1. Netflix awarded Daredevil another season only a week after its first season aired
  2. The whole plot of that second season is vital to the plot of The Defenders

Nevertheless, what definitely wasn’t part of the plan was the success of guest anti-hero/baddie The Punisher in that second season. That can be put down to the ‘lightning in a bottle’ casting of Jon Bernthal. Bernthal’s always been part of the supporting cast, never the lead.

He’s Andrew Lincoln’s best bud in The Walking Dead, not Andrew Lincoln.

He’s Ben Affleck’s brother in The Accountant, not Ben Affleck.

He’s the guy Andrea Anders rejects in The Class to go back to her husband (although he ends up with Lizzy Caplan so it’s not all bad).

But as Castle, Bernthal was the undoubted star of the second season of Daredevil, a brutal match for Charlie Cox’s gymnastic lead – a blue-collar grunt to Matt Murdock’s white-collar, morally-torn lawyer.

Bernthal so occupied the role that it’s hard to think of anyone else being able to play the character and it wasn’t long before Netflix and Marvel realised what they’d got and decided to break with the plan and commission Marvel’s The Punisher, with Bernthal as its lead.

Punishing?

The question was what form the show would take. Would it follow on, for example, from the comics’, the movies’ and season 2’s general theme of a man giving ‘the punishment they deserve’ to mobsters, rapists, paedophiles et al who seem to be above the law and escaping justice? Yet, how would a white man with a lethal arsenal shooting up cities go down in an age of the alt-right, MRAs and mass-shootings by white men who feel aggrieved by society? And how would it go down against the liberal backdrop of Netflix’s other shows: Daredevil stuck up for the poor and oppressed; Jessica Jones deconstructed superheroes, male power and sexual violence; Luke Cage asked what a black man can do for his community and others against both oppression and police shootings; and Iron Fist looked at the responsibilities of the rich towards the poor and the rest of the world.

The various trailers Netflix produced in the lead up to the show’s released seemed to suggest business as usual for Frank Castle – lots of gunfire against a rock soundtrack. And yet, oddly, that’s not what Marvel’s The Punisher is. For the most part, the show is instead the white, working class male’s equivalent of Jessica Jones and Luke Cage. It’s a look at family, responsibility, friendship, parenting, class, class loyalty, what it is to be in the military and to have brothers-in-arms, the consequences of violence, and the role of government in helping the working class. And oddly, there’s very little punishment meted out.

Here are those moderately misleading and spoilerish trailers. Slightly less spoilerish review of all 13 episodes after the jump.

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Marvel's The Defenders
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Review: Marvel’s The Defenders (season 1) (Netflix)

Marvel’s The Avengers was one of the highest grossing movies of all times. Small surprise therefore that Marvel should attempt to reproduce its unique superhero formula on the small (laptop) screen with its Netflix series, giving us four individual superheroes in their own shows before finally bringing them together in a fifth show – The Defenders.

And here we are at last. Two seasons of Daredevil (one excellent, one poor), one season of Jessica Jones (excellent), one season of Luke Cage (weak) and a season of Iron Fist (I’ve watched it three times now, so screw you, haters) has allowed some of the supporting cast to move around a bit, but here we finally are, getting all four superheroes interacting with each other, teaming up and even sometimes twatting each other with sticks.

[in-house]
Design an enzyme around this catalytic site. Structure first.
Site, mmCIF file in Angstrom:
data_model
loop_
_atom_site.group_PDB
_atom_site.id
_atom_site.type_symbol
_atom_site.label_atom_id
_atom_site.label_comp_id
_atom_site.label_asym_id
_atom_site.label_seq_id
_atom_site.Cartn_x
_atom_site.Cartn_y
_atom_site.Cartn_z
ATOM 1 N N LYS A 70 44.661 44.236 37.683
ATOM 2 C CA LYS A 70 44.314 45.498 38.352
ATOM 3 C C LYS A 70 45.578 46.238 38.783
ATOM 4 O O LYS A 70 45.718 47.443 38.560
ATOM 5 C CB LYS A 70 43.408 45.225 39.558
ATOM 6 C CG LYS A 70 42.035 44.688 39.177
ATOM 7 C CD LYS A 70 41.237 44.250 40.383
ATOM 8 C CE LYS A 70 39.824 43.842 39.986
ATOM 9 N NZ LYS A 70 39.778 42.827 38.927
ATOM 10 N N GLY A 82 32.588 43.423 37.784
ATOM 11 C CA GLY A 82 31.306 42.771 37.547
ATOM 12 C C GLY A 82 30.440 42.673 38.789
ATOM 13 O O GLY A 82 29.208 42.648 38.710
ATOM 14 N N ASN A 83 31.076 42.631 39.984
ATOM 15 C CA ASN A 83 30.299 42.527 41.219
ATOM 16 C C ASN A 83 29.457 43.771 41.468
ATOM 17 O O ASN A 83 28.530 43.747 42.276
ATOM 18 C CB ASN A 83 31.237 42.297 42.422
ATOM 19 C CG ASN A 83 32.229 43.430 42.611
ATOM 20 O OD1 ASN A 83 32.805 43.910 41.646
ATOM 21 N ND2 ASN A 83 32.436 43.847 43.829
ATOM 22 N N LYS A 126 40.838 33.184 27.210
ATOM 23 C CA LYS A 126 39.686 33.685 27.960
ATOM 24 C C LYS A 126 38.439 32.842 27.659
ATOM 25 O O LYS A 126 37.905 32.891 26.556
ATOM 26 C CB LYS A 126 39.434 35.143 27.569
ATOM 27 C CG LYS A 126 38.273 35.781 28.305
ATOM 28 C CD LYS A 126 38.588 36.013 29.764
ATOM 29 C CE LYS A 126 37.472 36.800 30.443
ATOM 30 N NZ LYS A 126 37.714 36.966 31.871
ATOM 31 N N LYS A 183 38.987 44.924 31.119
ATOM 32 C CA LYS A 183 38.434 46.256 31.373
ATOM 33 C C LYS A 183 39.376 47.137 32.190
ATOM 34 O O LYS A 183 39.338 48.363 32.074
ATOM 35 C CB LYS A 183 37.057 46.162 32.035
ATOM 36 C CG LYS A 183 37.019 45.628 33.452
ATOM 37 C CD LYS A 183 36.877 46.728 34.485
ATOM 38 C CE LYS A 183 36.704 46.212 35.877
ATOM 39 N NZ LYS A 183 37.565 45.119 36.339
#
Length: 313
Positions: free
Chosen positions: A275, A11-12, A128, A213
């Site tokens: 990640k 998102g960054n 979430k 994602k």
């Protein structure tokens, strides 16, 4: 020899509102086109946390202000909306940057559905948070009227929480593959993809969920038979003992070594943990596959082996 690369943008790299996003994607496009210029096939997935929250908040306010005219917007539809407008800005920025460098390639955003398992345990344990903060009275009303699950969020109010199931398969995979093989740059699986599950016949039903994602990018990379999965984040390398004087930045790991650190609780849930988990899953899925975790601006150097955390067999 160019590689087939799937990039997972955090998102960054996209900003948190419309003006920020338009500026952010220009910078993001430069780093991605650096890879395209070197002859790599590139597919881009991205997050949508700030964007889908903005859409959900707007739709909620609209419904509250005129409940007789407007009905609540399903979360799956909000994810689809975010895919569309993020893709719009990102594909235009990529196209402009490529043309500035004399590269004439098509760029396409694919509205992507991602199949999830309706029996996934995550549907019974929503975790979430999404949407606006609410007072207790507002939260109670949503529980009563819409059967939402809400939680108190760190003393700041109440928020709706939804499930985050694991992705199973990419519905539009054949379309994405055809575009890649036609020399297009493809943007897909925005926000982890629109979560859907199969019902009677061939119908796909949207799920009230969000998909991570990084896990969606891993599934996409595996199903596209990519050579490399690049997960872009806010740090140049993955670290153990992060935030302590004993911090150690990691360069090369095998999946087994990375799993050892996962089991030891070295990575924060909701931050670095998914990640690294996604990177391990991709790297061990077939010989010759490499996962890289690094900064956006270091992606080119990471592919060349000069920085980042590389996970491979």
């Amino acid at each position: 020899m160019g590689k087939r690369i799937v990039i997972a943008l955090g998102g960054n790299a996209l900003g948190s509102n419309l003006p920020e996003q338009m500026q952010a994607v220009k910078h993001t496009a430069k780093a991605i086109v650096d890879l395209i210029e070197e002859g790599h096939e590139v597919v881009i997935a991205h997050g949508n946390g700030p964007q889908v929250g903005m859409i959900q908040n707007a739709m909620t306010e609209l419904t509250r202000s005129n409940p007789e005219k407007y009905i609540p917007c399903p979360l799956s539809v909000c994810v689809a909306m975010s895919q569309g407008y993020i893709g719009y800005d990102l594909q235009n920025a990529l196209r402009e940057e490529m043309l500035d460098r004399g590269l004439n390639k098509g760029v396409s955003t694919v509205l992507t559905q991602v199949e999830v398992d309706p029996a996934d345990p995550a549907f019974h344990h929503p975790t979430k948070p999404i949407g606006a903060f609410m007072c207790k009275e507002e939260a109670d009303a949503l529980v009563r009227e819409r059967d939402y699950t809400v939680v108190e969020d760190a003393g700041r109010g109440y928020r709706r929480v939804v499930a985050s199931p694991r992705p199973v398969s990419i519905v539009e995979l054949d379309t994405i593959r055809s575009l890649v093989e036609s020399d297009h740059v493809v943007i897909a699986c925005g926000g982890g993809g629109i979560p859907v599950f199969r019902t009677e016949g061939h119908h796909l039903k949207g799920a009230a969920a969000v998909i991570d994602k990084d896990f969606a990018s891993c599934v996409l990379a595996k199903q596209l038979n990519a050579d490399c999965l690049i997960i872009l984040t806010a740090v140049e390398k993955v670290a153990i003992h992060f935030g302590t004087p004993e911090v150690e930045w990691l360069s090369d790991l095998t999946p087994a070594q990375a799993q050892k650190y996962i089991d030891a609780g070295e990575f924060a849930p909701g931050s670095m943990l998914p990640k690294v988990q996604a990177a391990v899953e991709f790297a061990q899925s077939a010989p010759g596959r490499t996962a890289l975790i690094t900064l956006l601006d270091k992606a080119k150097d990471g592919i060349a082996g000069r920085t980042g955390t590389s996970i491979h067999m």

The show picks up a few months after the other shows. Daredevil (Charlie Cox) is ostracised from his former legal partner Foggy (Elden Henson) and would-be girlfriend Karen (Deborah Ann Woll), and a bit mopey after his ex-lover Elektra (Elodie Yung) was killed by some immortal ninja called The Hand. He’s hung up his costume and is now trying to lead a normal life as a lawyer, mostly doing legal work pro bono for the downtrodden. But Foggy is looking out for his former friend and his new boss Hogarth (Carrie-Anne Moss) might have some legal work for him, too – looking after a certain private investigator friend of hers called Jessica Jones (Krysten Ritter), who’s bound to get into trouble sometime soon…

Not yet, though, since she’s still buried in a bottle, following her murder of mind-controlling rapist David Tennant. Thankfully, she’s managed to brush off both the legal charges and infamy that came with that, but she’s not ready to take on any new clients yet. That is, until a woman comes to her door asking her to track down her missing architect husband and she starts to get threatening phone calls.

Meanwhile, Jones’ former boyfriend Luke Cage (Mike Colter) is just getting out of prison, thanks to some nimble legal work by Foggy, and has to work out what he can do to look after the people of Harlem, particularly the young black men who are succumbing to the allure of crime in his neighbourhood – particularly that instituted by a white clad man known only as ‘the African’ (Babs Olusanmokun).

Could it all have something to do with the errant billionaire Danny Rand (Finn Jones), currently off hunting down the Hand in the Far East with girlfriend and former Hand-member Colleen Wing (Jessica Henwick), following the Hand’s apparent destruction of the seventh city of Heaven, K’un-Lun, which Rand was charged to protect, being the immortal weapon known as The Iron Fist?

You betcha. And you can bet that somehow it’s all going to involve their various storylines intersecting at some point to fight a common enemy – Sigourney Weaver, as well as some ‘Big Bads’ from previous seasons.

Of course, the Marvel Cinematic Universe isn’t the only time that a whole bunch of superheroes with independent lives ended up uniting to defeat a baddie: the once much-adored Heroes did the same thing on the small screen. I say once because as soon as everyone got together, the whole show went to pants.

So the question is: is Marvel’s The Defenders more Avengers or more Heroes? Answer coming up after the jump. Spoilers ahoy and liable to smack you in the face.